When the 2008 campaign for president began, it wasn't such a big story that there would be superdelegates at the 2008 Democratic National Convention in Denver, Colo. Superdelegates have been at every convention since they were created through Democratic National Committee (DNC) rules in 1982 [source: CNN]. In previous contests, superdelegates haven't enjoyed much of the spotlight. But as the Democratic primaries whittled down the number of competitors for the nomination, a close race emerged between Senators Hillary Clinton and Barack Obama. Even as the end of the 2008 Democratic primary calendar wound down, the two candidates were neck and neck for the Democratic Party's nomination for president of the United States. Scores of primaries and caucuses, including those on Super Tuesday -- a day designed to establish a clear front-runner -- produced no obvious candidate.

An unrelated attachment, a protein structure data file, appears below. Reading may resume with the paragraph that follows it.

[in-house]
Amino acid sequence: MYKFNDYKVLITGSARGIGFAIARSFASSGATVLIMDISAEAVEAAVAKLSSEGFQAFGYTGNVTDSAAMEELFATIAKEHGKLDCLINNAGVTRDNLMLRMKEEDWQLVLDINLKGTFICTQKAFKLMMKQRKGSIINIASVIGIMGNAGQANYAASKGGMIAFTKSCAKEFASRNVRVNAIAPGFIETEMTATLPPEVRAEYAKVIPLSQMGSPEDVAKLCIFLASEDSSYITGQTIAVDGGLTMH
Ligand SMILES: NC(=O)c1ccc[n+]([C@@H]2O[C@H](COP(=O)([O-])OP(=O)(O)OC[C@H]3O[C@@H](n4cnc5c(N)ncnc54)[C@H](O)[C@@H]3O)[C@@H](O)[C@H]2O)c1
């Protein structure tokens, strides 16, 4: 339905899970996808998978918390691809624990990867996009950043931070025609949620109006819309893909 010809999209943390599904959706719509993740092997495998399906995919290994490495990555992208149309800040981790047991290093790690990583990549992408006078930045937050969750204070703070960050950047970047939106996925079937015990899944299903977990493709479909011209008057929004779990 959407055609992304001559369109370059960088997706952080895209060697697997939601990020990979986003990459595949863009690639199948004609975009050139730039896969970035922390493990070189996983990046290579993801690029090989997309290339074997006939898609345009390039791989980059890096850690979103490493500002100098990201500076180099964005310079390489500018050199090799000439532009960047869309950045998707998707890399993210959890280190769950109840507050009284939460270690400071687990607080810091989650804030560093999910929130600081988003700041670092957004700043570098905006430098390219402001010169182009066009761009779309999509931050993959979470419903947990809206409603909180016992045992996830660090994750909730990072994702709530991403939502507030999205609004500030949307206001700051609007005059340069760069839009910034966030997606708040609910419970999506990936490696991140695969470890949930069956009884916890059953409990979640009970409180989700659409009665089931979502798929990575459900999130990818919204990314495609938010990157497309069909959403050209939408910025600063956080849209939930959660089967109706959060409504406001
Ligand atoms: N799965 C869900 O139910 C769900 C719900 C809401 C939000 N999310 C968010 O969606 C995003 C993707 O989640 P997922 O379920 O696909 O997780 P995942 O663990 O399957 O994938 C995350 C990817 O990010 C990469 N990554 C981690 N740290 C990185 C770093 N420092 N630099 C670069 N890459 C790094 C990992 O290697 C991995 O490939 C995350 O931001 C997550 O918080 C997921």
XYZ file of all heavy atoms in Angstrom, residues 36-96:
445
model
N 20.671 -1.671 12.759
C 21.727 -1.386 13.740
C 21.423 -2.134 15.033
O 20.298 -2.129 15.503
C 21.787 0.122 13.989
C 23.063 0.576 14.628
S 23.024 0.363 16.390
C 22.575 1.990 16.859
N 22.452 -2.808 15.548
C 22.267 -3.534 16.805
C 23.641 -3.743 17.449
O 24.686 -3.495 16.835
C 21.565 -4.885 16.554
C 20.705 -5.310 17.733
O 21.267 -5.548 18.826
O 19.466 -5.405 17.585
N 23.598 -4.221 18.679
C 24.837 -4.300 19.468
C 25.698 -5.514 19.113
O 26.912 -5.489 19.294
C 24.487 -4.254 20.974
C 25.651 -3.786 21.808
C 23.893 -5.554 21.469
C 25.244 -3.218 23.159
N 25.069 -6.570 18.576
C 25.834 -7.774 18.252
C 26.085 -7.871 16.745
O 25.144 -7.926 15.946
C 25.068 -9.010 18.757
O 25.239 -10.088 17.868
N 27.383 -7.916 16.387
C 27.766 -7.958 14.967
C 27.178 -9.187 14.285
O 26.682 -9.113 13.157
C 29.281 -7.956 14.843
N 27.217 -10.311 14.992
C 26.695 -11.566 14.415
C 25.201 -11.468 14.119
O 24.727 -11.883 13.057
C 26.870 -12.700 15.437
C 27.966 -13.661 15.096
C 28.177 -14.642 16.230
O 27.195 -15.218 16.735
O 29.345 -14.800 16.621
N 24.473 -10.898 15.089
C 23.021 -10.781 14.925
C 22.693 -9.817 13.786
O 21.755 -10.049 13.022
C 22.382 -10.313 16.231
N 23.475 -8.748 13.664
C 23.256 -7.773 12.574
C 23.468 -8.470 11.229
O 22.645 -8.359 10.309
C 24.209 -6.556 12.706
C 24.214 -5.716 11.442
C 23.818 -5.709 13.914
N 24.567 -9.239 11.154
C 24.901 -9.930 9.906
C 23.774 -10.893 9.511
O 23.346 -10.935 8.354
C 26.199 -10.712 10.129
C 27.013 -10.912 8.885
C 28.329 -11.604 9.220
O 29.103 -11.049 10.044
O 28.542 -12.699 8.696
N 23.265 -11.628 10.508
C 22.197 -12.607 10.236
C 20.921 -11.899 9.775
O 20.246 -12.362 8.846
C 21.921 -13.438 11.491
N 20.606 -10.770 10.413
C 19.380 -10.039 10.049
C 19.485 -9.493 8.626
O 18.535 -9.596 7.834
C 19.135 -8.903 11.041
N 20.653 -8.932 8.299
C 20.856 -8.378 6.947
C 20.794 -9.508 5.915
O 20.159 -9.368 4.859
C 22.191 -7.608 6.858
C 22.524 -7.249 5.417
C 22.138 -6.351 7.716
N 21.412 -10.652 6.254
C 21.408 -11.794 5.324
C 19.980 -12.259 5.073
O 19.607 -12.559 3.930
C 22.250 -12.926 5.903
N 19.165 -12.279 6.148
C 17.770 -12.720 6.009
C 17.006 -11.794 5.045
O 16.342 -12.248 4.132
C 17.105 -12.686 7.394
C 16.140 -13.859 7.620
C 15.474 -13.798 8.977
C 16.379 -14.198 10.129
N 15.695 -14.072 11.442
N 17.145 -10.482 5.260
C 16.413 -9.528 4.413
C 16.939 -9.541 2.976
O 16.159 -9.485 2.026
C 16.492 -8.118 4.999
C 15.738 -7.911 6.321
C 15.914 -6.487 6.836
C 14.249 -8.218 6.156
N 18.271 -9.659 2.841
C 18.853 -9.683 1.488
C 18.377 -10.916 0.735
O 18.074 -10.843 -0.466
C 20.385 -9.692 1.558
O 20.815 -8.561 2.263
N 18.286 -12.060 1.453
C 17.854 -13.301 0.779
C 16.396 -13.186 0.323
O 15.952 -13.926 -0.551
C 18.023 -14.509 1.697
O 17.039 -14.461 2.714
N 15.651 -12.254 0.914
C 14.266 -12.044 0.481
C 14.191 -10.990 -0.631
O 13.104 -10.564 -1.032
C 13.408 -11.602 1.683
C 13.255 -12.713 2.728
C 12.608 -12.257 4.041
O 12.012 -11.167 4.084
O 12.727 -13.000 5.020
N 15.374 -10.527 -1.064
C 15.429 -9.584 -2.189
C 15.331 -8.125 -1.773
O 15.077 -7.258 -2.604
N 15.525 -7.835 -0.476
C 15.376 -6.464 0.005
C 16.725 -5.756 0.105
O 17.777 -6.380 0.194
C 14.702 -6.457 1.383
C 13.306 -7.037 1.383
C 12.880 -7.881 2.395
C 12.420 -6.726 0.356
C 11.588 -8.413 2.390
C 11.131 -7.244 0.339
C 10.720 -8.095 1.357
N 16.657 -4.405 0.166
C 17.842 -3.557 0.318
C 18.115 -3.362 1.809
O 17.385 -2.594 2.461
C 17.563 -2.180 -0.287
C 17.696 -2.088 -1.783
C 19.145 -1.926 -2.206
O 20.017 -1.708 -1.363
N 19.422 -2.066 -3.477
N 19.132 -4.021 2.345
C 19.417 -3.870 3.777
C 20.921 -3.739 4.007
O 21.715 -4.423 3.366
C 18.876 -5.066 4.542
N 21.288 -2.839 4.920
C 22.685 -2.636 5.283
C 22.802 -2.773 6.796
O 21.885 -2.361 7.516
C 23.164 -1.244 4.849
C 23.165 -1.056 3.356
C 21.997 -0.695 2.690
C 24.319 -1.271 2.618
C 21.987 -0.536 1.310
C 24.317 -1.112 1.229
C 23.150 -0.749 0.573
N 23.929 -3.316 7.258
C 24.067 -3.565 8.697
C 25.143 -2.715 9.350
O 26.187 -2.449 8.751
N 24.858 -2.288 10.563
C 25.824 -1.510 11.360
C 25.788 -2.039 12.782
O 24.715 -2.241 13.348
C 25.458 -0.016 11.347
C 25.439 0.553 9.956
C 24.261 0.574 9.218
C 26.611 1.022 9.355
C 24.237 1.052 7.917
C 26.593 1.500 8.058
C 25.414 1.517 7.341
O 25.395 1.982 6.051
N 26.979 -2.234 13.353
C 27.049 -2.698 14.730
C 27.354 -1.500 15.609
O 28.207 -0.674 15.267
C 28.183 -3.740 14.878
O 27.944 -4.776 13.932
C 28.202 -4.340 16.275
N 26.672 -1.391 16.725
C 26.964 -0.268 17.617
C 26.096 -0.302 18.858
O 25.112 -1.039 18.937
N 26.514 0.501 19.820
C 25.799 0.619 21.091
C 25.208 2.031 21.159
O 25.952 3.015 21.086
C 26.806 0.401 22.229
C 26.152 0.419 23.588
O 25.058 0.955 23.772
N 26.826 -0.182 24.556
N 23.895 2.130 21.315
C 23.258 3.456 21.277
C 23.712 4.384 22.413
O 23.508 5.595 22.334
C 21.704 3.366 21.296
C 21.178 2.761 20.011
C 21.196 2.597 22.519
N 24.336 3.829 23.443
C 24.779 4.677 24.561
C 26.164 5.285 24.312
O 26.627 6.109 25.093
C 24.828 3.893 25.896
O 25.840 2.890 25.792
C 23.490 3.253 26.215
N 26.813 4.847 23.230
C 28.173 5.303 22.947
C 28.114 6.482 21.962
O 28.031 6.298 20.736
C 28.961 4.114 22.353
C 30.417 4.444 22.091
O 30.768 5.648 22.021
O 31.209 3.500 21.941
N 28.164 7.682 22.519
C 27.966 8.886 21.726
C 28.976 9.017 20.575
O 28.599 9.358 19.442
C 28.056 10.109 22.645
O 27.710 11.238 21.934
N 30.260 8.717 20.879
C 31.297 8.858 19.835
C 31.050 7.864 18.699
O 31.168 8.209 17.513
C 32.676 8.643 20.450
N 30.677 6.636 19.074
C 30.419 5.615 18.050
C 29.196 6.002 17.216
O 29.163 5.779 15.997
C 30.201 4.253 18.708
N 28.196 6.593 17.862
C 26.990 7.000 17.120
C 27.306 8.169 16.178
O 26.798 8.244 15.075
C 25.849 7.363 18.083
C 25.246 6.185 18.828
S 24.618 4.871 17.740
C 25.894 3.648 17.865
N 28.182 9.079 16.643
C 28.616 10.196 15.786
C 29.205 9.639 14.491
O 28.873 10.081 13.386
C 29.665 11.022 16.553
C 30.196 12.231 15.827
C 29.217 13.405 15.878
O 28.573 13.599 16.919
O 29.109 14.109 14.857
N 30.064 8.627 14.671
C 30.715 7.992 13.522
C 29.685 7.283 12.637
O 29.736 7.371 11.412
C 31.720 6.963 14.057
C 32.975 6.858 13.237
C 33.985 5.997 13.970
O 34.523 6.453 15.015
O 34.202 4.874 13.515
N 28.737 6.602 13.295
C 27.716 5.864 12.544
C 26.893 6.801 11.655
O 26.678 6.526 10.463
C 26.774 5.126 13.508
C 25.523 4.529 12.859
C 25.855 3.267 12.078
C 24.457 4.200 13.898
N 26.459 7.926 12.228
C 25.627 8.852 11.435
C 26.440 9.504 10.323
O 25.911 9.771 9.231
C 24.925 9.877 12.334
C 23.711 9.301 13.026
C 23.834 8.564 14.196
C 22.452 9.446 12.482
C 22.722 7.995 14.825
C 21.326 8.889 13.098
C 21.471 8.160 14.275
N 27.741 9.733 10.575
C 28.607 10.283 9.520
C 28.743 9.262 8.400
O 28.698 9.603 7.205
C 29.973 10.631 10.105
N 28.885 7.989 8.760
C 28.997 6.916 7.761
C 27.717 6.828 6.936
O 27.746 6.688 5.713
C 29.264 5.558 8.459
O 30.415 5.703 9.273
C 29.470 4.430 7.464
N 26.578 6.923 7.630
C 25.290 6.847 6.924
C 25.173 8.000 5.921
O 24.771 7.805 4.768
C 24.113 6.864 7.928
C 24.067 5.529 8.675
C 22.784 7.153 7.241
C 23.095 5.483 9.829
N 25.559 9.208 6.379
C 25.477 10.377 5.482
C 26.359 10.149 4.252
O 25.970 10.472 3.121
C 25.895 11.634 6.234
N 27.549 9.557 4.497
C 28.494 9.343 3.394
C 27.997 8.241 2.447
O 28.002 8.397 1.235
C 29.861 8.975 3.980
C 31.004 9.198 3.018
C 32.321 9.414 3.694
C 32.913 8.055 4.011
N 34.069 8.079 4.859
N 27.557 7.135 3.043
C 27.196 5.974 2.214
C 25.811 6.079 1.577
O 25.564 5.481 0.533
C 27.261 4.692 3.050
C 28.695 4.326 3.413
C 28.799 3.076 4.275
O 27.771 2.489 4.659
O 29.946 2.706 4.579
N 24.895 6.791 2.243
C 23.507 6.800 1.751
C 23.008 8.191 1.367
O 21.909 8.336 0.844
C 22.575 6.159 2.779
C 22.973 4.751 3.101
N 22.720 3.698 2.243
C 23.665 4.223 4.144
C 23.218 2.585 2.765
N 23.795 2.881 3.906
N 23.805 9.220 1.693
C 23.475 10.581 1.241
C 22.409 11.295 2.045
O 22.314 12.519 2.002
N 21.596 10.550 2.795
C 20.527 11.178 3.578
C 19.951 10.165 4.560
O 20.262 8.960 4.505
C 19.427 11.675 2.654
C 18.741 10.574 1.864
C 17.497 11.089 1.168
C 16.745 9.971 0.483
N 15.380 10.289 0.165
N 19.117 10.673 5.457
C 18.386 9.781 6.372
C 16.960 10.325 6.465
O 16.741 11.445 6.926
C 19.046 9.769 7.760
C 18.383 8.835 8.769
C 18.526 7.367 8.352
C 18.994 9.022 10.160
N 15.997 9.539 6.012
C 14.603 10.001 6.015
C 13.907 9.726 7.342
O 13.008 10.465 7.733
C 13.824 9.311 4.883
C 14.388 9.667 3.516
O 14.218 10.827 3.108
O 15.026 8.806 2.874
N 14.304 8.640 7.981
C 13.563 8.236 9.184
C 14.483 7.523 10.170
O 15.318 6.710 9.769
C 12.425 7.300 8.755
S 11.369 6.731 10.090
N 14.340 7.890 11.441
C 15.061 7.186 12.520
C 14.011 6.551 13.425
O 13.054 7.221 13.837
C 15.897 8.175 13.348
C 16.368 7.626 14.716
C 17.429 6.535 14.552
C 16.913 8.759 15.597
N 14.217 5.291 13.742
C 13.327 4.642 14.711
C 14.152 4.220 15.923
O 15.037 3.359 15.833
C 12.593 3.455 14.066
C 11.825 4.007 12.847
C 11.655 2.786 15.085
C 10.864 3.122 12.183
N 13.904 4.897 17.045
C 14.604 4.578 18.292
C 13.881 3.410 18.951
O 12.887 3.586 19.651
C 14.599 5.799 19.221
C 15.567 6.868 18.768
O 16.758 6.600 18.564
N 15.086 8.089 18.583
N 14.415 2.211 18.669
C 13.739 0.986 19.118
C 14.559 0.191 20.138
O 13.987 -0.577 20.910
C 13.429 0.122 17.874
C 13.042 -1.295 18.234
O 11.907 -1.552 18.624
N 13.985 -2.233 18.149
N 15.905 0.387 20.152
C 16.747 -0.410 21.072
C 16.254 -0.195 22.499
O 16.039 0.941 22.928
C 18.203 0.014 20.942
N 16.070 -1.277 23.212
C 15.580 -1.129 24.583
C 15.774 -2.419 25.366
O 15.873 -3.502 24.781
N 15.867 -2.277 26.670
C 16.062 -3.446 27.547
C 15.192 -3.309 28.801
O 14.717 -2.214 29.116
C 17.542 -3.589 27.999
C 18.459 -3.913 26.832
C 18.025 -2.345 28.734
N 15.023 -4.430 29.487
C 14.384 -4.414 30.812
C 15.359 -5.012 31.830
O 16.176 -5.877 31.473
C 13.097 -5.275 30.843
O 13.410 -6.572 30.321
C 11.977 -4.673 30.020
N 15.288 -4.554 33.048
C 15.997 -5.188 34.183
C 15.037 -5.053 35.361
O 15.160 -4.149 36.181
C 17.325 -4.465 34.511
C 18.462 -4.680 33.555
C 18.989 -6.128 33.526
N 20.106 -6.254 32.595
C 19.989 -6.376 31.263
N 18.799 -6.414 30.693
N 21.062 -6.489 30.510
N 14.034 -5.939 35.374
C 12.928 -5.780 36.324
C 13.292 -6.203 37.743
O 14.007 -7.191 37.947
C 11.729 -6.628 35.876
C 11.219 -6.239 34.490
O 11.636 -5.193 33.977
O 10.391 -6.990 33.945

With the delegate counts for Clinton and Obama so close, it became clear that in the 2008 primary season, superdelegates had a huge impact on which candidate the Democrats nominate for the run for the presidency. Some Democrats publicly pledged to leave the party if superdelegates didn't follow the popular vote. "If the Democratic Party does not nominate the candidate … that the majority (or plurality) of its participants in primaries and caucuses want it to nominate, then I will quit the Democratic Party," wrote Chris Bowers, a member of the Pennsylvania State Democratic Committee [source: Open Left].
The term "smoke-filled room" came back into vogue to describe the shady type of politics in which superdelegates could potentially engage [source: Block]. This image reminds us of politics before Progressive Era reforms, where an elite few could choose the candidate they wanted, rather than the one chosen by the people.
What is it about superdelegates that made some people so altogether nervous? Find out on the next page.